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  1. Arizona certainly has its share of different environments. The great deserts, the mountains, the Grand Canyon. Years ago, my husband and I went horse back riding in the desert outside of Phoenix. It seems all the bad boys back then headed out west to cause mayhem back in those days. I love the title and cover of your book. Great post.

    1. Arizona definitely has a diverse range of climate zones. You can go from desert to mountains in less than 3 hours. Horseback riding in the desert is a treat, although not for everyone. Glad you enjoyed it! Thanks for stopping by, Barn.

  2. I've been to Arizona, just barely when I was in Las Vegas, NV and rode on down the road a bit. But I haven't been to Flagstaff. Funny, I just never think of Flagstaff as being at a high elevation.
    I loved your Wings of the West series. Although I haven't read Into the Shadows yet, I sure am looking forward to it. I'd love to take an entire month off and do nothing but read. Well, none of us are probably going to get to do that, but I'm certain we sure would like to.
    Loved the pictures in your blog and your lovely post, Kristy. All the best to you.
    I have your story, Into the Land of Shadows, and now I really want to read it ASAP. I wish I could take a month off and catch up on all the great stories I have on my Kindle just begging me to read them.
    I like blogs like this about places I haven't seen from those of you who live there. It's just so interesting.

    1. Thank you Sarah! I force myself to read at night so it doesn't interfere with writing during the day, but then I often fall asleep. One of these days you'll have to come to Flagstaff. It's very pretty with lots of pine trees. Thanks for the kinds words about my books. I do so appreciate it from another great writer. :-) Cheers.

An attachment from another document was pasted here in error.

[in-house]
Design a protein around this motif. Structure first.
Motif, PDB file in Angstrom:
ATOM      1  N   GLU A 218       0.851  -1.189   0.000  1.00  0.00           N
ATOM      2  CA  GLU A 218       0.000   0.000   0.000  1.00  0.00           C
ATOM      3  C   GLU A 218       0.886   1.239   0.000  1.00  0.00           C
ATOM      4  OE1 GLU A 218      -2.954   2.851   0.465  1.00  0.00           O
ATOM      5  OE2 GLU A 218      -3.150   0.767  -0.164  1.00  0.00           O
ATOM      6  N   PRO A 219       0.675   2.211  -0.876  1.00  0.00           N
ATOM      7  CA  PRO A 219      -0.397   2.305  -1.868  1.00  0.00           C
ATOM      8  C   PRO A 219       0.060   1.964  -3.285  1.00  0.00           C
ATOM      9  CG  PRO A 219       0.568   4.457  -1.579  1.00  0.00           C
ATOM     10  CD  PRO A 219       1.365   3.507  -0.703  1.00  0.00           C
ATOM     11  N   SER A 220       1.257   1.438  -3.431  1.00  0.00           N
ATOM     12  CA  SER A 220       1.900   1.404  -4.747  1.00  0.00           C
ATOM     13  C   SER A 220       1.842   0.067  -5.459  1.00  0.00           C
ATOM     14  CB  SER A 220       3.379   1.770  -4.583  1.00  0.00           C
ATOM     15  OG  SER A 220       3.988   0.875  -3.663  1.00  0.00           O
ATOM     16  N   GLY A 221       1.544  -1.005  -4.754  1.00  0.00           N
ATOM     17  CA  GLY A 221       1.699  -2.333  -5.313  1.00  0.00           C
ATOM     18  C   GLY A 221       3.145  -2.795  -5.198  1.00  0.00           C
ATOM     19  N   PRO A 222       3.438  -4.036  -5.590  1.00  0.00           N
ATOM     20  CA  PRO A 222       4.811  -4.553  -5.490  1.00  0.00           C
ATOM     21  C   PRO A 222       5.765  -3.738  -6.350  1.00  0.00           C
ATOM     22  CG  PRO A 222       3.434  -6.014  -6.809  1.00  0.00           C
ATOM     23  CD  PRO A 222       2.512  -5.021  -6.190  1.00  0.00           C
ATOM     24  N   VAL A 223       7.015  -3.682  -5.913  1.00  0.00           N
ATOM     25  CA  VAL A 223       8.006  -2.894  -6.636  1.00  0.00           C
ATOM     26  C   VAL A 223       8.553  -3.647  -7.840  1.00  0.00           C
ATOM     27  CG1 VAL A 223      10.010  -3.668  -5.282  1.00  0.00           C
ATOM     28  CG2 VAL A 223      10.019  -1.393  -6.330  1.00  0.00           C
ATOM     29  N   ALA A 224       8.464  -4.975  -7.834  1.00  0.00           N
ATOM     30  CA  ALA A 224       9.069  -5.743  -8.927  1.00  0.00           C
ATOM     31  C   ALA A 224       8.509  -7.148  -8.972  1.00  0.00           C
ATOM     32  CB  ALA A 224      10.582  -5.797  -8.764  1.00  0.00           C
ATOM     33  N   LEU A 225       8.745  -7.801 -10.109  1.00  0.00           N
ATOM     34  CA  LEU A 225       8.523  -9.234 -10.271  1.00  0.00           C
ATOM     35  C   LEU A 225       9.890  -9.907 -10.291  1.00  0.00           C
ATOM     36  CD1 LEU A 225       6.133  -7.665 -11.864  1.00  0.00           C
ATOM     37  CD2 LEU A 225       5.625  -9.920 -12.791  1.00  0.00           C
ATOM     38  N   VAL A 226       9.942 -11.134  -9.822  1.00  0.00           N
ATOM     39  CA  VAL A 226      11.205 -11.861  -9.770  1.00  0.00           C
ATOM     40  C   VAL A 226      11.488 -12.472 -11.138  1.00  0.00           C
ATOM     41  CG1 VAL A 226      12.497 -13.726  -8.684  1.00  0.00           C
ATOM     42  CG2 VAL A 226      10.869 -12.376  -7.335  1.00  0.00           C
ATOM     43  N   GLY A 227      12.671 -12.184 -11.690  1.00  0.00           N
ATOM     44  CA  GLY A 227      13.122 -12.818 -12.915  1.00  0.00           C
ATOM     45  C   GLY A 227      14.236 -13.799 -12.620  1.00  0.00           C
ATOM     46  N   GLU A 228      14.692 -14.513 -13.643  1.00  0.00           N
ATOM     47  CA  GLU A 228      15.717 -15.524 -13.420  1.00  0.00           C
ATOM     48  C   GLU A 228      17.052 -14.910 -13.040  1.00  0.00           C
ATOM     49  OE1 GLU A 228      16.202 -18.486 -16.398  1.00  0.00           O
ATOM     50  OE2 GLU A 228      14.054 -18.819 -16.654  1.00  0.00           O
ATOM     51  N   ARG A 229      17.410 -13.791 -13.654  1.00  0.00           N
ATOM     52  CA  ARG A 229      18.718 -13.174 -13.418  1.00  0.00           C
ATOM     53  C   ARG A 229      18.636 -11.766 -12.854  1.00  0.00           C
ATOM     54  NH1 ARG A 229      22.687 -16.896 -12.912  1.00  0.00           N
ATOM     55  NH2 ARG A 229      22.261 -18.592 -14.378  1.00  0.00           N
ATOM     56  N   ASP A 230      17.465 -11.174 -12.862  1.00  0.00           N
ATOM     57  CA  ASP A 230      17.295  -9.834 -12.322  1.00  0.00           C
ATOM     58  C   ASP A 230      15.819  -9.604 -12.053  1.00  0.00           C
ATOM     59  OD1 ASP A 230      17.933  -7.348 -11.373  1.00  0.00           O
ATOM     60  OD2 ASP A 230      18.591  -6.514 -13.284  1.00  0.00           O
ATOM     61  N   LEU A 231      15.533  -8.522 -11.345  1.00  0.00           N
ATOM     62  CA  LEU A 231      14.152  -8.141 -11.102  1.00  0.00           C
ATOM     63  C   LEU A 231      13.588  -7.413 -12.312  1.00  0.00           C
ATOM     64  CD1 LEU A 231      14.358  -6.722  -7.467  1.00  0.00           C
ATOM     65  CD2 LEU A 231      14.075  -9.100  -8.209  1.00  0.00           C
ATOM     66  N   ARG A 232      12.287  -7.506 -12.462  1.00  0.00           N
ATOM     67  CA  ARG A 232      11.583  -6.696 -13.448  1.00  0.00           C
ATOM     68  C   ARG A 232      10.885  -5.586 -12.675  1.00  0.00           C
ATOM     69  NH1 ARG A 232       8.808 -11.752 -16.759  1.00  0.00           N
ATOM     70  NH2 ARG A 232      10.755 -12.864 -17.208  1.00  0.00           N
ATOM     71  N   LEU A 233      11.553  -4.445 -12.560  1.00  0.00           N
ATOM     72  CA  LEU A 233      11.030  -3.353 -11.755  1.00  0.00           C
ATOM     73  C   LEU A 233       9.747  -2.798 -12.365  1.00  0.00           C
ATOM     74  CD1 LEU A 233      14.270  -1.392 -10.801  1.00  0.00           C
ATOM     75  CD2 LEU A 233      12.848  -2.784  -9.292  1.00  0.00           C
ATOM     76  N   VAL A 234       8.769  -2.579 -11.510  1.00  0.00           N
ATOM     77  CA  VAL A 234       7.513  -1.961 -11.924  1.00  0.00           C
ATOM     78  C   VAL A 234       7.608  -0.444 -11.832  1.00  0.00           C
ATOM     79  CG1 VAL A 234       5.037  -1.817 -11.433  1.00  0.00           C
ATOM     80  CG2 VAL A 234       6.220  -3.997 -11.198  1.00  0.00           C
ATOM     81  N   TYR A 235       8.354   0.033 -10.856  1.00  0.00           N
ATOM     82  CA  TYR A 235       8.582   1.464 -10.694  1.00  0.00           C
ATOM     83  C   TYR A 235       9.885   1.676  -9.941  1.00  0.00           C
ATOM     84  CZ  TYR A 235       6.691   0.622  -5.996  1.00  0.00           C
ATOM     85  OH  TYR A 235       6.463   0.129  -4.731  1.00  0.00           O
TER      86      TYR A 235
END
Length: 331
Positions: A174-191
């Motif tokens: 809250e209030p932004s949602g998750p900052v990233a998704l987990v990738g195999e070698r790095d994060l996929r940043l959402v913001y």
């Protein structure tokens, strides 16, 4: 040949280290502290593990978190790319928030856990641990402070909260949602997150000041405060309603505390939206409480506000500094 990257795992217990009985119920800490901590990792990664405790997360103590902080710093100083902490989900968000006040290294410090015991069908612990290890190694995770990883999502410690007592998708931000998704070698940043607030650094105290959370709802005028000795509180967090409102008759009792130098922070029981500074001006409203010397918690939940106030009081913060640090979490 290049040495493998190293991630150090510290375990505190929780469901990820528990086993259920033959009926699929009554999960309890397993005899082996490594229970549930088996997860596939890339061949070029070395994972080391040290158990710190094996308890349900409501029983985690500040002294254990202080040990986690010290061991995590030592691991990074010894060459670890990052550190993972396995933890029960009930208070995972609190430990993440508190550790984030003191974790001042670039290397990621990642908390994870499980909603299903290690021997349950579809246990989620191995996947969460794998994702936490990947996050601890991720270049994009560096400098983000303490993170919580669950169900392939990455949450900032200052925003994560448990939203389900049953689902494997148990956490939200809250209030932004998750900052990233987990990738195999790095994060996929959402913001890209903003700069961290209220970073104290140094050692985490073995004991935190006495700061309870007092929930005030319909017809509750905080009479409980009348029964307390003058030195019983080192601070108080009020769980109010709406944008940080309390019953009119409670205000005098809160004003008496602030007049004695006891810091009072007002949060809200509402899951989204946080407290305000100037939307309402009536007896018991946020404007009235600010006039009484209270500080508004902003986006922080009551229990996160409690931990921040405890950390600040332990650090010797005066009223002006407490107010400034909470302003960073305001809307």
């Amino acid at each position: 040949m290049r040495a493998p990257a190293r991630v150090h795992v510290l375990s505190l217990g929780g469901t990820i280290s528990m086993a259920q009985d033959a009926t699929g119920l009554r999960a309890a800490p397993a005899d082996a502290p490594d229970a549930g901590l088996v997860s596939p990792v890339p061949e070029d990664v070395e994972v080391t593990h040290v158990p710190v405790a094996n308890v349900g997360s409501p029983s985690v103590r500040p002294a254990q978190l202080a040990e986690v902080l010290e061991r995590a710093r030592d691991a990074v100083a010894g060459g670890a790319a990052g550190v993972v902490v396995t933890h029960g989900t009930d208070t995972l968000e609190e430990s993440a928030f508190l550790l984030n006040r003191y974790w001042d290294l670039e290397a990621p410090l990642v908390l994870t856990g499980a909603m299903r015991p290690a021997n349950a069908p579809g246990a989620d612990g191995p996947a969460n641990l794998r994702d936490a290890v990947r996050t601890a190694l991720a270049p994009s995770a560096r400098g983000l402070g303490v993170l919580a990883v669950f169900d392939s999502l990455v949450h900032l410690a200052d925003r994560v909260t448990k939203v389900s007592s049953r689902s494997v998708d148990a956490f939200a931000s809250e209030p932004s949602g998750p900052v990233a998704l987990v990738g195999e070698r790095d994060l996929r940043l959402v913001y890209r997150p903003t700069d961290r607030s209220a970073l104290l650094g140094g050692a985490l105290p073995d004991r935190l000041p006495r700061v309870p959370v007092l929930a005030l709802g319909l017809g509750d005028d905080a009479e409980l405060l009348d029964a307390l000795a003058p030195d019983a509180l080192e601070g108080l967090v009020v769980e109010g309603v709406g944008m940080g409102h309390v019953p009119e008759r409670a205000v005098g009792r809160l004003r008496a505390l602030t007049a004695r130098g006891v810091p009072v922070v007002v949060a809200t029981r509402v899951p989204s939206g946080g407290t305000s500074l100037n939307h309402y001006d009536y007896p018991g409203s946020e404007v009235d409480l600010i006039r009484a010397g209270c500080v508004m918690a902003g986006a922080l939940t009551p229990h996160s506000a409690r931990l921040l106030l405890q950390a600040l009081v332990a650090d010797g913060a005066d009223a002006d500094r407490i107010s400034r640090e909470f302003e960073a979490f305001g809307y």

3. Kristy,

    During my March trip to Phoenix, I drove through Flagstaff on the way there, and then spent the night in Flagstaff on the return trip home. I left Flagstaff just at daylight (going north). A cloud bank hovered over the peaks. It was breathtaking.

    I like the story about how Flagstaff was named. :-)

    I, too, have your story, Into the Land of Shadows. I do most of my recreational reading during early summer mornings while sitting outside with a cup of coffee. My writing time tends to kick in mid-afternoon and continue on toward the midnight hour. :-)

    1. Kaye,
      I tend to get into a writing groove later in the day, much to the dismay of my husband. I tend to putz around in the mornings. My brain just isn't that creative then, I guess. So glad you got to see Flagstaff and the peaks are frequently very beautiful. My parents have a house at the base with a great view.

  4. I've been by Flagstaff, but was on such a tight schedule I could't reall stop as I wanted. It's on the list to visit.
    I do enjoy these pieces of history, and your story is on the TBR pile I hope to complete one of these days. **Sigh** Doris

    1. Doris,
      It's a great place to set up camp to visit surrounding areas like Grand Canyon, Meteor Crater and Sedona. Hope you can make it back sometime. :-)

  5. I've not been to Arizona many times, but I have never been through Flagstaff...unless I did as a child on the way from Texas to California to visit. I love these vintage photos...this makes a story come alive, doesn't it? Usually I create towns and places in my head, but sometimes I use an actual place and rename it. Your story has got to be another winner. You are the #1 expert on Arizona!

    1. Celia,
      Haha. I'm not sure about expert. So much history, I feel I've only tapped the surface. Thanks for stopping by.

  6. I love this book, Kristy, and this wonderful post! I've been briefly in Flagstaff but need to explore further for sure.